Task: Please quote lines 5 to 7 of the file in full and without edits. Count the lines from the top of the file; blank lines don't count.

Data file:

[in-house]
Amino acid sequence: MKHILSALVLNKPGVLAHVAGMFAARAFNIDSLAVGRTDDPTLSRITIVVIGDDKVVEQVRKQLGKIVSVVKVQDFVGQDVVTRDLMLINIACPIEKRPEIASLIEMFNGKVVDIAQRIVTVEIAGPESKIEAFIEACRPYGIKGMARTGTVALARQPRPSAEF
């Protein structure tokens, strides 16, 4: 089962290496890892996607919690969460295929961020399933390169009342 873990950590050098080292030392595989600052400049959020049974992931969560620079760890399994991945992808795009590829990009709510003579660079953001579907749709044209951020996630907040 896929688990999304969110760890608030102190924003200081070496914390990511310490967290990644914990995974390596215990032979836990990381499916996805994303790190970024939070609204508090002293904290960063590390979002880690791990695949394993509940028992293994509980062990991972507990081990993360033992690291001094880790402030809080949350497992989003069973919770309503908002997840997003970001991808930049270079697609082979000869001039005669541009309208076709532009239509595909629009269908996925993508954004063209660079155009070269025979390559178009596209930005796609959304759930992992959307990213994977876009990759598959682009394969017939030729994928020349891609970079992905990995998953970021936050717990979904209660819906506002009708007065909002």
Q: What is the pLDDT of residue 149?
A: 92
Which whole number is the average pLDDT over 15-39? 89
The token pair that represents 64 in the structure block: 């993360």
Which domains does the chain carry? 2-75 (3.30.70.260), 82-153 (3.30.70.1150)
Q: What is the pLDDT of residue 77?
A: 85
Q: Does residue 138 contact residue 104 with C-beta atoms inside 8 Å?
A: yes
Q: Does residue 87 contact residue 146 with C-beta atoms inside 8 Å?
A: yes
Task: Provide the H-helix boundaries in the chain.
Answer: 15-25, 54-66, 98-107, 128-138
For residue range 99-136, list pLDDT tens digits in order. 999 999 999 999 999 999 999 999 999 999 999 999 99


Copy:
A: 92
Which whole number is the average pLDDT over 15-39? 89
The token pair that represents 64 in the structure block: 């993360």